Atlanta restaurateur, Shanga A. Hankerson sentenced for willful failure to remit payroll taxes
ATLANTA (STL.News) Shanga A. Hankerson, the former owner of the Gladys Knight’s Chicken and Waffles restaurant in Atlanta, Georgia, has been sentenced for willful failure to remit payroll taxes.
“Hankerson willfully disregarded his tax obligations for many years,” said Acting U.S. Attorney Kurt R. Erskine. “Payroll taxes fund social insurance programs, including Social Security and Medicare, and are a large source of revenue for the federal government. Employers who fail to comply with their legal obligations will be held accountable.”
“While ownership of a well-known restaurant in our community has its perks, it also comes with great responsibility,” said IRS Criminal Investigation Special Agent in Charge James E. Dorsey. “Paying taxes is a way to give back to the community, but unfortunately Hankerson chose to use those funds for other means. This sentencing emphasizes that all employers, big and small, have equal responsibility to collect, report, and pay over their payroll taxes.”
According to Acting U.S. Attorney Erskine, the charges and other information presented in court: In 1997, Hankerson opened his first restaurant, Gladys Knight’s Chicken and Waffles, in Atlanta. Over the next several years, Hankerson expanded the concept to at least three other locations in northern Georgia and Washington, D.C. Hankerson was the sole owner of the businesses that operated the restaurants.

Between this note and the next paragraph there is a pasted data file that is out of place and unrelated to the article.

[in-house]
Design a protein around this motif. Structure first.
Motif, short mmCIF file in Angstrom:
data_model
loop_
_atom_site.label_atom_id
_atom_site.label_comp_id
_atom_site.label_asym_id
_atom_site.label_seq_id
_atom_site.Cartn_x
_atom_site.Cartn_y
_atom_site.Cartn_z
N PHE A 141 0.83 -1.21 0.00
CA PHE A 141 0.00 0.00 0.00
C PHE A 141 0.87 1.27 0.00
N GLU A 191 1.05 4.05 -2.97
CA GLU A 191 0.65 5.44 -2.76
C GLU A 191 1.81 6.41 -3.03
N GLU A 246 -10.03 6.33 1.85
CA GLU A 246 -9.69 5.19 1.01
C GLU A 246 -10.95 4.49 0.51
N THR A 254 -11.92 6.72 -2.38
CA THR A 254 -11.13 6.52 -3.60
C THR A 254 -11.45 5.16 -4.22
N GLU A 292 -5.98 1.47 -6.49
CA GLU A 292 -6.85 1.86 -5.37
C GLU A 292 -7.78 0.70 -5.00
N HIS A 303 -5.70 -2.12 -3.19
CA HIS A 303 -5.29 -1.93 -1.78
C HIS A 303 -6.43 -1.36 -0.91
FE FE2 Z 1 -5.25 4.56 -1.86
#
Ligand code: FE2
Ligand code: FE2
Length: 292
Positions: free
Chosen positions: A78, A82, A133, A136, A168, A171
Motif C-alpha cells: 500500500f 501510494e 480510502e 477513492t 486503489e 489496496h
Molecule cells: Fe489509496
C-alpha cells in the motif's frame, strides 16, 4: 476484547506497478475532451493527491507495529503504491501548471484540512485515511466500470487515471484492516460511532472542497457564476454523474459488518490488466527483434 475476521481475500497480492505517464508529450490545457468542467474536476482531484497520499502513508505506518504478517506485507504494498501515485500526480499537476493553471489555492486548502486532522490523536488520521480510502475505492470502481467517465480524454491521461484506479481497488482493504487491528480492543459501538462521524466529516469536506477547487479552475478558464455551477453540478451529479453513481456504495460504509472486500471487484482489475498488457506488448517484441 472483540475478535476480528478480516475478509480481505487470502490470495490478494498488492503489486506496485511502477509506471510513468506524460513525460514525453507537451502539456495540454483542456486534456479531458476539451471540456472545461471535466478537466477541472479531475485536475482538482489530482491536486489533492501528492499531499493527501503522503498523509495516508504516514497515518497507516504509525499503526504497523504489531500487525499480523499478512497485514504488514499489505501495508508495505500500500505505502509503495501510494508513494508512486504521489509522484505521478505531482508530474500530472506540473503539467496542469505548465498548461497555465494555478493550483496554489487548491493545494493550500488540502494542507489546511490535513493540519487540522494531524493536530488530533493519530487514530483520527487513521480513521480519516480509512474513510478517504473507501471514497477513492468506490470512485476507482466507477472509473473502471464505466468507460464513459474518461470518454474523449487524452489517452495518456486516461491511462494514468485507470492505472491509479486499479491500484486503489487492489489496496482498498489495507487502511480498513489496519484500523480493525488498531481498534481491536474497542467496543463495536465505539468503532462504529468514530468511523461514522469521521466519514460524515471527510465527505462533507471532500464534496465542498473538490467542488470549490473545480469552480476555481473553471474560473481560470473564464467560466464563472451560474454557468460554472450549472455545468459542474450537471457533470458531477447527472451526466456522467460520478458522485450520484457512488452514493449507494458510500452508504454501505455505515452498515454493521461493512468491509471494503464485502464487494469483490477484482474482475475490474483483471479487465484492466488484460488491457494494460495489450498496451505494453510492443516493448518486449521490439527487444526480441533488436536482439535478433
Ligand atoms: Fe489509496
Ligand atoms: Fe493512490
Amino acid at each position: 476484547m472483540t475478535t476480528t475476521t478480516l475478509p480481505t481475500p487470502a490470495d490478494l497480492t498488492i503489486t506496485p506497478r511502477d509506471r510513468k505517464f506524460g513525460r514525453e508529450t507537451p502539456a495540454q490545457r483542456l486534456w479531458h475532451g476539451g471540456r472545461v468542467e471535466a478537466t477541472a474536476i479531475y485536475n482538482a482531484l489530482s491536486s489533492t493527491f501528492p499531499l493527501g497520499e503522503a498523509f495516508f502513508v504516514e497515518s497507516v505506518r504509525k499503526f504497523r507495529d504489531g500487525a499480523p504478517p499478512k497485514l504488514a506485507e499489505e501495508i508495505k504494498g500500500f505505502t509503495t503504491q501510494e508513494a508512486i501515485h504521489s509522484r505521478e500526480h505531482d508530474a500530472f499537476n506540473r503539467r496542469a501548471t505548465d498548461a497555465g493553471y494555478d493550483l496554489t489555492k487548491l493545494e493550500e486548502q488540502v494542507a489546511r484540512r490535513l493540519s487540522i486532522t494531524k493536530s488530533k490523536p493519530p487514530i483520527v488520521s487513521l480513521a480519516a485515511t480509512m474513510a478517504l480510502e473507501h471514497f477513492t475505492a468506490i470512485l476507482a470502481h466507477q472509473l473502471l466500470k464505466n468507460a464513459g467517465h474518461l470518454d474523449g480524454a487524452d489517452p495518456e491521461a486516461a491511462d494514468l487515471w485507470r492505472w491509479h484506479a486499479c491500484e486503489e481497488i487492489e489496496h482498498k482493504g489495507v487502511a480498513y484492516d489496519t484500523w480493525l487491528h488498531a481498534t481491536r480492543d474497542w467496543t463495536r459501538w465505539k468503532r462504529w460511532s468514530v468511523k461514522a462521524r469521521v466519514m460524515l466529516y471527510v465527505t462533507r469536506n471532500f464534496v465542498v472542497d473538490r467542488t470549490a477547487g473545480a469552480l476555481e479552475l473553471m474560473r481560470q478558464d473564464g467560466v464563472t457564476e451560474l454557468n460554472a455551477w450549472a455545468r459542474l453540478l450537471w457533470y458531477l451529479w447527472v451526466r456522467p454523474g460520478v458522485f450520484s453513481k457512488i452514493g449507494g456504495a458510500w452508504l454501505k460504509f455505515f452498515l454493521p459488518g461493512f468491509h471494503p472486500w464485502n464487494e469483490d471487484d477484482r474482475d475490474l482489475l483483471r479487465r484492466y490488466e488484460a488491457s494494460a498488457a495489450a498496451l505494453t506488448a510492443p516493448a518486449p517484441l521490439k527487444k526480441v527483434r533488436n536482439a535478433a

As an employer, Hankerson’s companies were required to withhold from employees’ gross pay Federal Insurance Contributions Act (“FICA”) taxes, which represent Social Security and Medicare taxes, and federal income taxes. Collectively, these withheld taxes are referred to as “payroll taxes.” Specifically, employers are required to file, one month after the conclusion of the calendar quarter, an Employer’s Quarterly Federal Tax Return, setting forth the amount of payroll taxes due.
An individual is responsible for collecting, accounting for, and paying over the payroll taxes if he or she has the authority required to exercise significant control over the employer’s financial affairs. As the sole owner, Hankerson was the responsible person, and he had the responsibility to collect, truthfully account for, and pay over payroll taxes due. From at least 2012 to 2016, Hankerson failed to fully remit over $1 million in payroll taxes due.
Shanga Hankerson, 45, of Atlanta, Georgia, was sentenced by U.S. District Judge Michael L. Brown to serve two years in prison, one year of supervised release, and ordered to pay restitution of $1,039,310.65. Hankerson was convicted on July 21, 2021, after he pleaded guilty.
This case is being investigated by the Internal Revenue Service Criminal Investigation.
Assistant U.S. Attorney Bernita B. Malloy prosecuted the case.